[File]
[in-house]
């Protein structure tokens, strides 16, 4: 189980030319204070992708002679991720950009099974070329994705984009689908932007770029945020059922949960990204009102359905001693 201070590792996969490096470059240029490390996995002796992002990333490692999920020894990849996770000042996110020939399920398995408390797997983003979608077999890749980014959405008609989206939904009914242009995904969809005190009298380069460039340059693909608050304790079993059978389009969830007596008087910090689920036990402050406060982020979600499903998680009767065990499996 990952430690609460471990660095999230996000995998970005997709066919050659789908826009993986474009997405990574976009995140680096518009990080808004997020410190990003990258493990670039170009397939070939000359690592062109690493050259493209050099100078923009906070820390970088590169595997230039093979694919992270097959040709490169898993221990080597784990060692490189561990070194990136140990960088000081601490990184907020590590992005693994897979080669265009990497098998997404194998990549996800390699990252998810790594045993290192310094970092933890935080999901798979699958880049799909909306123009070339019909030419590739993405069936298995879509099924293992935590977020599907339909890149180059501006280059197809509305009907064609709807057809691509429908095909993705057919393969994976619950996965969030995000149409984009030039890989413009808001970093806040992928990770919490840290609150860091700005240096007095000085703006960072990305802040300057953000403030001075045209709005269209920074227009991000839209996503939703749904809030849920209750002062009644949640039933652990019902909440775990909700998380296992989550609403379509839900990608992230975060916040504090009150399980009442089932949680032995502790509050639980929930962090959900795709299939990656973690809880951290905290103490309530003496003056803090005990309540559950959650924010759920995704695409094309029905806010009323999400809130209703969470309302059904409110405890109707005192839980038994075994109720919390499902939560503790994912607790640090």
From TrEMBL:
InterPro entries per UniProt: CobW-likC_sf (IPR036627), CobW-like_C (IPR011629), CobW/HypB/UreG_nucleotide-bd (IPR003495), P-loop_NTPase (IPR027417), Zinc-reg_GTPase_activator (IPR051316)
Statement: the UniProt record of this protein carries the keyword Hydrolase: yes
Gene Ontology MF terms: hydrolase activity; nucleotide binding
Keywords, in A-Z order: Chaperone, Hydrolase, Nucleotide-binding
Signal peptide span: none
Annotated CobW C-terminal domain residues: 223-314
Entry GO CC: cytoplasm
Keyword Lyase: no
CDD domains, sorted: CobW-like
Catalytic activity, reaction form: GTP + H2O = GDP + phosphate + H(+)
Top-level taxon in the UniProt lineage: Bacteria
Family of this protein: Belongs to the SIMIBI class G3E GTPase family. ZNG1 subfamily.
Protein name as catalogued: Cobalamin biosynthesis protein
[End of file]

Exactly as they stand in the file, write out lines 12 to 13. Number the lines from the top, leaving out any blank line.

CDD domains, sorted: CobW-like
Catalytic activity, reaction form: GTP + H2O = GDP + phosphate + H(+)